UK FM Boris Johnson says Iranian missiles fired at Saudi Arabia ‘unacceptable’

Britain's Foreign Minister Boris Johnson has called the launching of Iranian missiles at Saudi Arabia from Yemen is “unacceptable”. (REUTERS)
Updated 07 March 2018

UK FM Boris Johnson says Iranian missiles fired at Saudi Arabia ‘unacceptable’

LONDON: The launching of Iranian missiles at Saudi Arabia from Yemen is “unacceptable” and Tehran’s role in the country should be constrained, British Foreign Secretary Boris Johnson said.
In an interview with Arab News’ sister newspaper Asharq Al-Awsat, Johnson said Britain understood “Saudi Arabia’s need to defend itself and we understand his Royal Highnesses desire to protect his country.”
“It’s unacceptable that Iranian missiles are being used against Saudi Arabia and we wish to see an end to that,” the foreign secretary said.
Saudi Arabia, which is leading an Arab military coalition in Yemen in support of government forces against Iran-backed rebels, has been targeted by missiles fired across the border. Many are shorter range, hitting areas near the border, but the Houthis have increasingly launched longer range ballistic missiles, including several targeting Riyadh that were shot down.
UN experts in January reported they had “identified missile remnants” and other military equipment brought into Yemen of Iranian origin that violated an arms embargo.
Britain drafted a UN Security Council resolution last month on renewing an arms embargo on Yemen that would have put pressure on Iran over the supply of missiles to the Houthis. The council eventually adopted a resolution that failed to condemn Tehran after Russia vetoed the British version, drawing an angry reaction from the US and London.
In the interview published as Crown Prince Mohammed bin Salman started his three-day visit to the UK, Johnson said he agreed with Arab states’ concerns over Iran’s role in the region. “We want to see Iran’s role in Yemen constrained,” he said.
Johnson said Britain understands the legitimate government of President Abed Rabbo Mansour Hadi was removed and there’s a UN resolution calling for him to be restored and that the Arab coalition is seeking to achieve that.
But he added that it was going to be difficult to get an exclusively military solution and that there needs to be political progress.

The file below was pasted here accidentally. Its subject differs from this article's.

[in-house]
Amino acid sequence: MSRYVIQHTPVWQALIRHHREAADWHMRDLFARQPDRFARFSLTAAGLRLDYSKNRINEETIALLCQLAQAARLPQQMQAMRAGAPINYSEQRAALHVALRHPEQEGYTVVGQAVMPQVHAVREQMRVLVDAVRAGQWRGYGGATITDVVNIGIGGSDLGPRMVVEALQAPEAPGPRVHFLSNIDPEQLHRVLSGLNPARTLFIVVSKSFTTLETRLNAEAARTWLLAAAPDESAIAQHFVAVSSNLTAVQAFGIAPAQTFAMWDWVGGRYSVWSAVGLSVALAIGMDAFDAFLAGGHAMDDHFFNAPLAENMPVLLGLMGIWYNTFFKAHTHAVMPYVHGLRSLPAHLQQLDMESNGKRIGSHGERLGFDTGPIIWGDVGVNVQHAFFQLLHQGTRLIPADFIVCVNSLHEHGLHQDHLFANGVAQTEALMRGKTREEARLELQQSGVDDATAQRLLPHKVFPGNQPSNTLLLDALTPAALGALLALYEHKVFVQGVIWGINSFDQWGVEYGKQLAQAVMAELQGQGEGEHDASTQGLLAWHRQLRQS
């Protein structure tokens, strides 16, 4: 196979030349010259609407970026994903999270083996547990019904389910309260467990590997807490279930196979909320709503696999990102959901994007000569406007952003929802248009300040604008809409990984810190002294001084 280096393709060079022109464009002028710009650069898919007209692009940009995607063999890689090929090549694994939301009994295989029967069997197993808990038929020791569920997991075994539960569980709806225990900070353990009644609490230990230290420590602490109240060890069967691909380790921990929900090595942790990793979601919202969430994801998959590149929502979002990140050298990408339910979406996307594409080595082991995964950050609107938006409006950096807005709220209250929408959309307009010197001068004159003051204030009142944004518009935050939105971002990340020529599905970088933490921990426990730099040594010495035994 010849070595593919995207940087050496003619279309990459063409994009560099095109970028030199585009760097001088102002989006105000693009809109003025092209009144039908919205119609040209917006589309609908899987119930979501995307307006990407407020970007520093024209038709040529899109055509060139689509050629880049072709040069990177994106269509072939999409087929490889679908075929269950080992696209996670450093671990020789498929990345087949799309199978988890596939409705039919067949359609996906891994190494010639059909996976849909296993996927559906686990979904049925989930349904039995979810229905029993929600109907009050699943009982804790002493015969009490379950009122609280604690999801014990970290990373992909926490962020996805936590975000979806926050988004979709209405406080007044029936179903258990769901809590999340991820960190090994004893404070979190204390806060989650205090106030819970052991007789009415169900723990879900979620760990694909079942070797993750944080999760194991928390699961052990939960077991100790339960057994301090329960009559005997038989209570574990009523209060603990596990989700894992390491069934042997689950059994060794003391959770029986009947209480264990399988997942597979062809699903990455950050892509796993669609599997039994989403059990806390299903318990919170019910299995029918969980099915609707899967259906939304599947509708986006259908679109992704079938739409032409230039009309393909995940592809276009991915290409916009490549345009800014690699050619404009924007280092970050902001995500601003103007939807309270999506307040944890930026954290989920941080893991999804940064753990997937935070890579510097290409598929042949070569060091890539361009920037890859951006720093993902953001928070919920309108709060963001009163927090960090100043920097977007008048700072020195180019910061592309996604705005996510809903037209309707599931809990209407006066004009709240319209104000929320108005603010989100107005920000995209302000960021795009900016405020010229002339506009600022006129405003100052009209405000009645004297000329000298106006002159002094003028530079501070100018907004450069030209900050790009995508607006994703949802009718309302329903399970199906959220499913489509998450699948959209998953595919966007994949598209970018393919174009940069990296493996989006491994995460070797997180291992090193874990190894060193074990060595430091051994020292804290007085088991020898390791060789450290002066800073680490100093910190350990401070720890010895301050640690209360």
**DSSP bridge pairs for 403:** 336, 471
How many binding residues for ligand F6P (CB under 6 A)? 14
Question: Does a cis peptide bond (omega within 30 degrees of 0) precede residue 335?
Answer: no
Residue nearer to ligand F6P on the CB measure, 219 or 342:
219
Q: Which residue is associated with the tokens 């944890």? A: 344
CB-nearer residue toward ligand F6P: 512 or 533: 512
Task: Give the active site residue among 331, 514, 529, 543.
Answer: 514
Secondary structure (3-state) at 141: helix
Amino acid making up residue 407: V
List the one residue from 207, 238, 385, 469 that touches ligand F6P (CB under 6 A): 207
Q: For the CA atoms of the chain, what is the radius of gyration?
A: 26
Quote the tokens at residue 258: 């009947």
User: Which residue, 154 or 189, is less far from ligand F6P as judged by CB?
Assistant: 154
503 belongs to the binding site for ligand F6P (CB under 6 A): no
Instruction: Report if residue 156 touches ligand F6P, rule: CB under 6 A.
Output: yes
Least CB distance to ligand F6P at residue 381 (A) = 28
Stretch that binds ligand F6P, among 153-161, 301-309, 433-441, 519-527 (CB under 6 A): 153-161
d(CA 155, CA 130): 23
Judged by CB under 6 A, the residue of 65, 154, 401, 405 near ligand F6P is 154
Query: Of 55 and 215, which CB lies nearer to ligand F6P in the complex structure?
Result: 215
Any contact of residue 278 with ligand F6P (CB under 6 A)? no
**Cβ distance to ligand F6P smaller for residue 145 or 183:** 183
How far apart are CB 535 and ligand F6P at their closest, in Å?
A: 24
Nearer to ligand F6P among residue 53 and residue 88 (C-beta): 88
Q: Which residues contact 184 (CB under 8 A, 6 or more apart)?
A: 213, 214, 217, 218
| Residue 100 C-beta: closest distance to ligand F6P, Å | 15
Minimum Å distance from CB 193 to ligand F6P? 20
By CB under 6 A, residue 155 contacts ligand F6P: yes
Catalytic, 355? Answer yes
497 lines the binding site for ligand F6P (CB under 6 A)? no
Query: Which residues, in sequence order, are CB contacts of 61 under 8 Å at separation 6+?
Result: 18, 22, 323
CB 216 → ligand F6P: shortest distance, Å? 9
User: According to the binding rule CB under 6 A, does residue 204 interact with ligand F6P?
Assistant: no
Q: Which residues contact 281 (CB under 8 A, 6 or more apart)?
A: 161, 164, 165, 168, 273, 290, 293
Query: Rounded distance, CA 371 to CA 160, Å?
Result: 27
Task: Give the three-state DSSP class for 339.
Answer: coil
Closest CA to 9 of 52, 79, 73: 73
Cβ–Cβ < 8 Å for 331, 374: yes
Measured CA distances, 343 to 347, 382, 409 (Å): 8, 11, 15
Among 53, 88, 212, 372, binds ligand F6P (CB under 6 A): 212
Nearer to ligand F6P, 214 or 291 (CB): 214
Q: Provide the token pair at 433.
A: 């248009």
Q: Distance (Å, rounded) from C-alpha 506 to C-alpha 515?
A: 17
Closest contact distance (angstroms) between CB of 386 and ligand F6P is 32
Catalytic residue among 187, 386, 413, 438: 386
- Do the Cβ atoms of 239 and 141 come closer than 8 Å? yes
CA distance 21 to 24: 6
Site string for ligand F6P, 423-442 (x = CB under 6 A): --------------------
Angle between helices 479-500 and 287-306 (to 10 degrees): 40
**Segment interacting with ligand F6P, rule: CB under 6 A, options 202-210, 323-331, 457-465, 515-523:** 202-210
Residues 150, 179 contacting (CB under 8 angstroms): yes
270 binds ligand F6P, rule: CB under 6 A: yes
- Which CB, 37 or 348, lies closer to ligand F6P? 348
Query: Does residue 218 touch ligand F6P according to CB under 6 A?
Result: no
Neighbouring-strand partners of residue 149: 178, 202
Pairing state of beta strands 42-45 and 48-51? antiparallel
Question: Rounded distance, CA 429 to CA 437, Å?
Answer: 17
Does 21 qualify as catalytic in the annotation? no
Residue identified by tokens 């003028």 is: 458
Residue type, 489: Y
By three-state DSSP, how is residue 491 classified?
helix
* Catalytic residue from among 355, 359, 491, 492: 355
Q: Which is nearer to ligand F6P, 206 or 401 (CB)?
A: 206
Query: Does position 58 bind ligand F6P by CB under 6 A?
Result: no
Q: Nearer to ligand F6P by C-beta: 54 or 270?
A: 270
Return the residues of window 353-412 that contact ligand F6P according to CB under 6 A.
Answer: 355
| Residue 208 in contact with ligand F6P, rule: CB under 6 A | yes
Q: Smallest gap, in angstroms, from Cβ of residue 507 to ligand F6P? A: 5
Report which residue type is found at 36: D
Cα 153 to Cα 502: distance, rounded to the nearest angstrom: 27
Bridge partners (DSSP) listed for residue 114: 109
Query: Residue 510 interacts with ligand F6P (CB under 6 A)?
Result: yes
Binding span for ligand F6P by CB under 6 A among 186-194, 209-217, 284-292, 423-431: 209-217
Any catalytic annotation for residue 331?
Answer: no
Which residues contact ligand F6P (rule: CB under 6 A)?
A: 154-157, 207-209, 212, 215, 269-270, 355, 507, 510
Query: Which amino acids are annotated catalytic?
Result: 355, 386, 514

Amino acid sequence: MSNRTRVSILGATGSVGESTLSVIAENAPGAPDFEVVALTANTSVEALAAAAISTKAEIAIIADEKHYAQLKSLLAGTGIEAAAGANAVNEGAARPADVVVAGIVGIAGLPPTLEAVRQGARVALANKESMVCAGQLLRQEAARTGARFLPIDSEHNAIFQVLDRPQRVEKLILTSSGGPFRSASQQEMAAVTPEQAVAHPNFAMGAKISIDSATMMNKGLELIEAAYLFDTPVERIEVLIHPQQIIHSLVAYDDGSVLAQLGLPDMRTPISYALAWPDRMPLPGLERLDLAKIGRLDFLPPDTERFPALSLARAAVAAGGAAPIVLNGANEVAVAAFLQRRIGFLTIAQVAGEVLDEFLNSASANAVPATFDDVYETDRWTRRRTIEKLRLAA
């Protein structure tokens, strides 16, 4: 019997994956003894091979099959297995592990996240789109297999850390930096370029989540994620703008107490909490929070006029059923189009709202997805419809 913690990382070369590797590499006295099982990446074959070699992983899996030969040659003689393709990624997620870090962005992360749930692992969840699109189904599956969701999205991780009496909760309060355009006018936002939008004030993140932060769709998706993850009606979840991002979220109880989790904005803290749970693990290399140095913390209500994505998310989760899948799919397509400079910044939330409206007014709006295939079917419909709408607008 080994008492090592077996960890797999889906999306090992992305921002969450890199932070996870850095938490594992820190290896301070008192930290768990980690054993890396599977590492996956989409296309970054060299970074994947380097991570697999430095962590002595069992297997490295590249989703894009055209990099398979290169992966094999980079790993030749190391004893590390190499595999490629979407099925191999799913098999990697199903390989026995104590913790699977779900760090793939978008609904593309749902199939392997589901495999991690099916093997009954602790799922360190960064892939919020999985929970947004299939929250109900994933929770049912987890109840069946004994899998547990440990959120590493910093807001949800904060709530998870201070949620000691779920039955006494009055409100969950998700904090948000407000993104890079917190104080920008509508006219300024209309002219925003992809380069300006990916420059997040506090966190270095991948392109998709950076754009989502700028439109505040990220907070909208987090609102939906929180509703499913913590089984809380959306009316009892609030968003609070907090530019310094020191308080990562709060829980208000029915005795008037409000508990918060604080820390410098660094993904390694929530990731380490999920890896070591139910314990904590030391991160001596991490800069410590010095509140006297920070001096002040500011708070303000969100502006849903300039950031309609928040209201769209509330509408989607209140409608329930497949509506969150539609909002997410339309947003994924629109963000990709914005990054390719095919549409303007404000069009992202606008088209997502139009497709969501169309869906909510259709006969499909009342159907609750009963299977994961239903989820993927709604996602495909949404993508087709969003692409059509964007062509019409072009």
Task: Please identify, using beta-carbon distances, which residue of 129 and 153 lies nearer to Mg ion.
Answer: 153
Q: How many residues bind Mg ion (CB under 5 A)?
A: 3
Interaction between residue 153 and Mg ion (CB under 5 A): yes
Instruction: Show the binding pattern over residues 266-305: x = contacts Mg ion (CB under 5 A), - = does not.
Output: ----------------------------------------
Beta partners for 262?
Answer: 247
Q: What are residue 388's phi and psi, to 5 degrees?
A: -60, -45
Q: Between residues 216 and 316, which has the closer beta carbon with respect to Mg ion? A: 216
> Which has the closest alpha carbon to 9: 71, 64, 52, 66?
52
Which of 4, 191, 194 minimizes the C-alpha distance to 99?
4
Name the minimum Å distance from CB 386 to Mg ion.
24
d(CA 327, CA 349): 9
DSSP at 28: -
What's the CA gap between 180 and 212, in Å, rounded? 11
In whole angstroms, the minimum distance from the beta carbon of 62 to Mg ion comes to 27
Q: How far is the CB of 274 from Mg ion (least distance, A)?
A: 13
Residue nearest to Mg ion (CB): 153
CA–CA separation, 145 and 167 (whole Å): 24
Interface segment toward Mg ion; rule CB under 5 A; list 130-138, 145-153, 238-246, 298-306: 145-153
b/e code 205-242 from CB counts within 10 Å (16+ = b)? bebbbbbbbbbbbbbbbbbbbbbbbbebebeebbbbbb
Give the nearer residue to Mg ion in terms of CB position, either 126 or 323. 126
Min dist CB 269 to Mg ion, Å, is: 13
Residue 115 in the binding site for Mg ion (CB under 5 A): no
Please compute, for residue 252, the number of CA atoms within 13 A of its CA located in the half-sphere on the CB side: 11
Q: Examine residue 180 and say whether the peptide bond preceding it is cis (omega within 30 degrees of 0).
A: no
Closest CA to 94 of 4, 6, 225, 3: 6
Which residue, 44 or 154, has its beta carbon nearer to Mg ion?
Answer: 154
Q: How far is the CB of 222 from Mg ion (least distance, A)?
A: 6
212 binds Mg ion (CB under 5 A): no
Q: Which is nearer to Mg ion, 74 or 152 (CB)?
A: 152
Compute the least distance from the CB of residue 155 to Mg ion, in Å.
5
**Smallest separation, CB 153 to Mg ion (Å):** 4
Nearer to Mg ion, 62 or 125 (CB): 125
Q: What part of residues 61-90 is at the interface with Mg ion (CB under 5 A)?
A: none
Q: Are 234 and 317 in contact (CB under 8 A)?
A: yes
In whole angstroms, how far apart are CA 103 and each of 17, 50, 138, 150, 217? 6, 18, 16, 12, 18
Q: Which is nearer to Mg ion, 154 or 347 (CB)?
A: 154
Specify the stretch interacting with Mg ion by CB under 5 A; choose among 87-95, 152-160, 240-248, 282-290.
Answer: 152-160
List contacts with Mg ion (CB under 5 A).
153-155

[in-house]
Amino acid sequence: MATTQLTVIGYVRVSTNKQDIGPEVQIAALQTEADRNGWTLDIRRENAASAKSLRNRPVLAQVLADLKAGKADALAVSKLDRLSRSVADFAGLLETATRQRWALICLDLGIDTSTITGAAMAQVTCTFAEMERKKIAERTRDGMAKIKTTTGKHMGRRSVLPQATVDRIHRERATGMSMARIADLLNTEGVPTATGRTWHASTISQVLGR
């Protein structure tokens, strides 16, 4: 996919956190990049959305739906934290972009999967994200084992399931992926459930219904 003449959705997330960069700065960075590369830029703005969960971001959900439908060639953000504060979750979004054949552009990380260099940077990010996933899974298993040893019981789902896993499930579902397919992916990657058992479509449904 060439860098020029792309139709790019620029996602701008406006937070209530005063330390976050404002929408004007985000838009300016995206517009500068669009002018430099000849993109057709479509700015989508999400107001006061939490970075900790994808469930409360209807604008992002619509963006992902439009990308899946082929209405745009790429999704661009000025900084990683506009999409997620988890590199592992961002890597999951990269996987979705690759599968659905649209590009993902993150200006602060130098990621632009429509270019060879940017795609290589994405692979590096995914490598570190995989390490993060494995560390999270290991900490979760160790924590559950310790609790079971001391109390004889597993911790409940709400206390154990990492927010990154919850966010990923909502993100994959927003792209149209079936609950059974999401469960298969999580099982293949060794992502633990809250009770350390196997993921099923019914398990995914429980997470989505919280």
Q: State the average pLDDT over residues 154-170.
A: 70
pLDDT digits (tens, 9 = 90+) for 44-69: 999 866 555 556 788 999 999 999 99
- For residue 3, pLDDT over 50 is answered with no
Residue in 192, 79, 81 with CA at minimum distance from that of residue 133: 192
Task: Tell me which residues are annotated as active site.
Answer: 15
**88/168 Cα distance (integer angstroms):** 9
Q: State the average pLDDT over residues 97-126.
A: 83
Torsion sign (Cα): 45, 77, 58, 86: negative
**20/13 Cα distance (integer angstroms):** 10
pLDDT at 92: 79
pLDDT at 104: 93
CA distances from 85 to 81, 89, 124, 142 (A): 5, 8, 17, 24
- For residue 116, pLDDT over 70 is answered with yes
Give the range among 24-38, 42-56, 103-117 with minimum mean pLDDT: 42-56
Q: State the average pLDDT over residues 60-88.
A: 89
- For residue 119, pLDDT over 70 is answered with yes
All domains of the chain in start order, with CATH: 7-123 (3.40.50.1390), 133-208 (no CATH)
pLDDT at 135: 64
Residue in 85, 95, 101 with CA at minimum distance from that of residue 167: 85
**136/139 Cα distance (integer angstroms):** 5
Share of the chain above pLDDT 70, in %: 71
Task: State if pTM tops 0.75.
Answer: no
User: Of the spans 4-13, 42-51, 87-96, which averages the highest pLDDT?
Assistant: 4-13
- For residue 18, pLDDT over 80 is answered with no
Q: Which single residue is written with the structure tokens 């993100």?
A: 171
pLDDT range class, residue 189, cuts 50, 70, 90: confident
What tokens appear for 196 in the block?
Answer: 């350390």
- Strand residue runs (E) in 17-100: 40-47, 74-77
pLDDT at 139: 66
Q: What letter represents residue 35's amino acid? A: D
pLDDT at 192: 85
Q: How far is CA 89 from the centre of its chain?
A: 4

Prince Mohammed’s visit is expected to include discussions on security and the conflicts playing out in the Middle East.
Johnson described the situation in Syria as a “major tragedy” and said he agreed with Saudi Arabia on the need to relaunch negotiations in Geneva to start a political process.
He condemned the regime bombardment of Eastern Ghouta that has killed hundreds in the past two weeks and that the regime should be held accountable for its “disgusting” chemical attacks.
Johnson also said the raft of reforms launched in Saudi Arabia encouraged the UK to bolster cooperation with the kingdom.
He praised the Crown Prince for shifting Saudi Arabia away from its dependence on oil, adding that this opened up possibilities for partnership in cultural, health, transportation, technology, education and political fields.

"We are happy to have our son back"

Updated 41 min 15 sec ago

"We are happy to have our son back"

  • Parents of Indian national released from Peshawar jail rejoice
  • Detained for alleged espionage, Ansari had reportedly entered Pakistan from Kabul to meet a girl he had befriended online

NEW DELHI: After spending six years in a Pakistani jail on charges of alleged espionage, Indian national Hamid Ansari finally saw the light of day after being released by Islamabad on Tuesday.

In search of a better livelihood, Ansari had reportedly left his hometown of Mumbai in India to look for a job in Afghanistan.

In 2012, however, he allegedly entered Kohat, in Pakistan's Khyber Pakhtunkhwa province, to meet a girl he had befriended on social media.

Pakistan, however, said that Ansari, an engineer, was an Indian spy who had illegally entered the country while accusing him of being involved in anti-state crimes and forgery, prior to sentencing him to six years in jail.

Since 2015, Ansari had been lodged in a jail in Peshawar where he ended his prison term last week.

“We are happy that we'd be able to see our son again,” an emotional Nehal Ahmad Ansari, his father, told Arab News.

His mother, Fauzia Ansari, added that Ansari's release was "an end of a painful period in our life".

Speaking to reporters, she said: "It’s a new birth for Hamid. He will begin his new life. We will support him for his rehabilitation, good health and better future.”

Nehal, on his part, thanked the government of India and Pakistan "for every effort" made in helping repatriate his son.

Ansari's entire family, along with a large number of peace activists, were present at the Wagah border to receive him. 

Raveesh Kumar, spokesperson of the Indian Ministry of External Affairs expressed “great relief, especially for the family members, that six years of incarceration of the Indian civilian in Pakistan jail is coming to an end.”

In a press statement released on Monday, Kumar asked “Pakistan to take action to also end the misery of other Indian nationals and fishermen whose nationality has been confirmed and who have completed their sentences, but continue to languish in Pakistan jails.”